Founder / Editor


Associate Editor


Assistant Editor











Aya Cash Says 'You're the Worst' is in Therapy
August 30, 2016  | By David Hinckley

Okay, Aya Cash agrees, clinical depression isn’t the classic raw material for television comedy.

But then last season the funniest thing happened to Gretchen Cutler, Cash’s character on the FXX comedy You’re the Worst: She outed her clinical depression and the show got better.

For whole scenes, Gretchen would curl up on the couch in the apartment she shares with her boyfriend Jimmy (Chris Geere, below, right, with Cash) and barely move or speak.

In the third season, which launches Wednesday at 10 p.m. ET, Gretchen reluctantly agrees to try therapy.

The depression isn’t played for laughs. What we get instead is a kind of dark, almost fatalistic humor from Gretchen and a variety of sometimes well-meaning and more often lunkheaded responses from the self-absorbed crowd around her.

“She’s trying to function in a precarious situation,” says Cash. “No one is trying to be depressed. It may look like she’s given up, but what we’re really witnessing is her awkward struggle to engage.”

For those who haven’t seen You’re the Worst, the premise is that Gretchen and Jimmy from the start were thoughtless narcissists. They met at a wedding where Jimmy was trying to wreck things for the bride, who had turned down his marriage proposal two years earlier, and Gretchen was trying to steal bridal gifts.

When they started hanging out, they agreed they were only in it for the sex and drugs, not because they cared about each other.

You could say neither is entirely likeable, which Cash says doesn’t matter.

“It’s not a helpful question with Gretchen and Jimmy,” she says. “Do we like Louis C.K.? Do we like Larry David? It’s not necessary to be likable to be entertaining.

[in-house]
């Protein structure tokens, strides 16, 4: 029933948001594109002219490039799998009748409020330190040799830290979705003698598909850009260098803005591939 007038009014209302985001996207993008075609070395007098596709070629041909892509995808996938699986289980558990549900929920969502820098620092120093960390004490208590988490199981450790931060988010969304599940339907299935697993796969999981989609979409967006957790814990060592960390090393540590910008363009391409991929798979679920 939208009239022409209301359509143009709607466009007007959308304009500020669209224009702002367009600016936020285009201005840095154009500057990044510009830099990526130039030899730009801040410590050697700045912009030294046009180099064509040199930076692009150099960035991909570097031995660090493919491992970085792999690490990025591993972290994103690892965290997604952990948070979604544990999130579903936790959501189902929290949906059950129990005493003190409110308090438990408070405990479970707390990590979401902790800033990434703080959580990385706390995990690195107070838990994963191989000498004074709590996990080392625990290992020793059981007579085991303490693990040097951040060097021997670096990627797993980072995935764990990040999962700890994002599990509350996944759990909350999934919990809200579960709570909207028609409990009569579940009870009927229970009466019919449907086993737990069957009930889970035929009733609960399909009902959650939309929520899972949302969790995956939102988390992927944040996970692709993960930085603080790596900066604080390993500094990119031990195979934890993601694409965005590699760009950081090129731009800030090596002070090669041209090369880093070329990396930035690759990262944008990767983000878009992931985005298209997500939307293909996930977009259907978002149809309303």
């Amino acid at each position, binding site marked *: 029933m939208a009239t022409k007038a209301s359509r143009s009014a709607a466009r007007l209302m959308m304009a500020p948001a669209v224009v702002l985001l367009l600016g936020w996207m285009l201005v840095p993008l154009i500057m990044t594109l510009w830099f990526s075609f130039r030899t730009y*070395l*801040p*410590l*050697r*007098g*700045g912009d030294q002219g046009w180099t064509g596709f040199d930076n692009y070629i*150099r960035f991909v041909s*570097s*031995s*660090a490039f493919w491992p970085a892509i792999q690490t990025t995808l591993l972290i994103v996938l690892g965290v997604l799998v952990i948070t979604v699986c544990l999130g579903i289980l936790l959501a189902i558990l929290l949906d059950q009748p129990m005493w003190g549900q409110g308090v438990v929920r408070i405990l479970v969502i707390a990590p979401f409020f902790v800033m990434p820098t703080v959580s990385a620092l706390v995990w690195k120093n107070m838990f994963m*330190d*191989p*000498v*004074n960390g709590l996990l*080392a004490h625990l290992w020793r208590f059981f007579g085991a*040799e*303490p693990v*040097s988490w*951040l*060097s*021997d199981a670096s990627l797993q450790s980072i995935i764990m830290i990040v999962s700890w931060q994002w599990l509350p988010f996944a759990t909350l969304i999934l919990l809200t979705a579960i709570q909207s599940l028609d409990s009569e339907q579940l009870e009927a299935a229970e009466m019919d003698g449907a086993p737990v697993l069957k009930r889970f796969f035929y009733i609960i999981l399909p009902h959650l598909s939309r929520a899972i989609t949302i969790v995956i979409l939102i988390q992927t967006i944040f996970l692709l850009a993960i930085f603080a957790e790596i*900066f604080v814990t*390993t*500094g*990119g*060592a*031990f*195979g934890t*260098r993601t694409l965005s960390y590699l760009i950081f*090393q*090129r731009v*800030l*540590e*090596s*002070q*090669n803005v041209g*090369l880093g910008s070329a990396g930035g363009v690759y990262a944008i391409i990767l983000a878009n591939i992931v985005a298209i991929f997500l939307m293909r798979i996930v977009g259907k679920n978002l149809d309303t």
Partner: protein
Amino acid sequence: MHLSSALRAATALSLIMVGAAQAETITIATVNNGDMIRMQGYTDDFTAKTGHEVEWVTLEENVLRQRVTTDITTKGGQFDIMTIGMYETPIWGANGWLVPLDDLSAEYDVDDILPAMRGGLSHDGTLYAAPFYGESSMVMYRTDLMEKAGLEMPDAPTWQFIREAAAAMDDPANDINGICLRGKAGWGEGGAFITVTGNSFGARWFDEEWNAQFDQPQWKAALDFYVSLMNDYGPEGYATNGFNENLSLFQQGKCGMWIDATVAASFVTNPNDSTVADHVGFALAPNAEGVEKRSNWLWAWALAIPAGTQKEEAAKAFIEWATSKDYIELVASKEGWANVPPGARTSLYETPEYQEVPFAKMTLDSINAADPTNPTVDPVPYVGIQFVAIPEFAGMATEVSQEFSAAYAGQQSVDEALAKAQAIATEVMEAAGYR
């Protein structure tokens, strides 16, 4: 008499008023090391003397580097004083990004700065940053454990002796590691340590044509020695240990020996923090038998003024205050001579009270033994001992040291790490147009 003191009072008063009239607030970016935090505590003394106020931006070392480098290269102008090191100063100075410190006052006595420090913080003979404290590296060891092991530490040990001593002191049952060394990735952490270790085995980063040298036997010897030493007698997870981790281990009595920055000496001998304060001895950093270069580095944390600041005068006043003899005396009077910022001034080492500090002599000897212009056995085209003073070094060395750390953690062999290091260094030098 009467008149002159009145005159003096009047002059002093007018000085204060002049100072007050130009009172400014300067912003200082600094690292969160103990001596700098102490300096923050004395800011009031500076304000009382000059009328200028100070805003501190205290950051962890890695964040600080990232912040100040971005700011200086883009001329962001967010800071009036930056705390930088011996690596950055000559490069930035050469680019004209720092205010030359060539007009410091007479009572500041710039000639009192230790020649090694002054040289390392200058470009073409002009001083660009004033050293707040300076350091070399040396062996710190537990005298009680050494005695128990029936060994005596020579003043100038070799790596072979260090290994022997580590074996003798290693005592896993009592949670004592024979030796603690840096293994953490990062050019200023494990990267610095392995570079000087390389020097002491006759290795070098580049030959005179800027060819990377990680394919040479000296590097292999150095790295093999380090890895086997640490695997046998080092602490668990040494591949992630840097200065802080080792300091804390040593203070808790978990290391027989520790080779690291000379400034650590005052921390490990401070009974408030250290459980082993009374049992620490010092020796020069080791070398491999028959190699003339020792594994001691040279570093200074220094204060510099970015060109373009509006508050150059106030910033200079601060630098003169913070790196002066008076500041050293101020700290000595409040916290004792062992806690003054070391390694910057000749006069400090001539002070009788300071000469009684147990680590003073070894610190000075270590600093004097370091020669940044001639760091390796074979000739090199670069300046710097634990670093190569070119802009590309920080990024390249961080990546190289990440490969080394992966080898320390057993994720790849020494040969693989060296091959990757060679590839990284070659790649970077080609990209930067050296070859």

“I think people can relate to most of why they’re behaving the way they do.”

Case in point: One of the early points of contention this season is Gretchen having told Jimmy she loves him. He recoils. She tells him he said it first. He says he was drunk, so it doesn’t count. She says it does.

Cash says that’s just an exaggerated version of a real-life issue. “When I was dating my husband,” she says, “I had to tell him he loved me. He wouldn’t say it.”

Gretchen’s a lot less confident when it comes to therapy. When she meets therapist Justina (Samira Wiley, right, with Cash), she’s indifferent, dismissive and abusive. Though in its own way, that’s just being herself.

“She wants a quick fix,” says Cash. “She doesn’t want to have to work at this. She wants someone to give her a pill and have it be gone.

“I’ve been in therapy, and that’s not how it goes. Working with a therapist is complicated. It’s a complicated relationship.

“It’s very hard to make changes in your life and it’s very hard to be told what to do by someone else.”

So here’s something else that won’t be easy for Gretchen, and while her relationship with Jimmy has grown despite their best efforts, Cash says no one should expect them to become America’s sweethearts any time soon.

“You fix one hole in the boat and others open up,” she says. “Gretchen and Jimmy have a long way to go.”

Whew. If they got too comfortable, that really could torpedo the show.

Cash, who just turned 34, says that when the shooting for a season ends, “I try to put Gretchen aside, although there are always moments when someone will tell me, ‘You sound like Gretchen.’

“I try to find stuff that’s different, like going out with my husband.”

Since they live in New York and You’re the Worst is shot in Los Angeles, that’s not an everyday occurrence. She mentions that they’re in the process of auditioning pound dogs, and the one they adopt must be small enough so it can travel.

Professionally in the off-season, she tries to keep her hand in theater.

“I’ve done a play every year since I was 20,” she says. “I’d love to work in New York again. I’d love to do Off-Broadway.”

But the success of You’re the Worst has given her at least one new option.

“Whether I take a project depends on what I find,” she says. “It has to be good. I’ve finally reached the point where if I don’t work for a while, I’m okay.”

Nothing depressing about that.

Leave a Comment: (No HTML, 1000 chars max)
 Name (required)
 Email (required) (will not be published)
Type in the verification word shown on the image.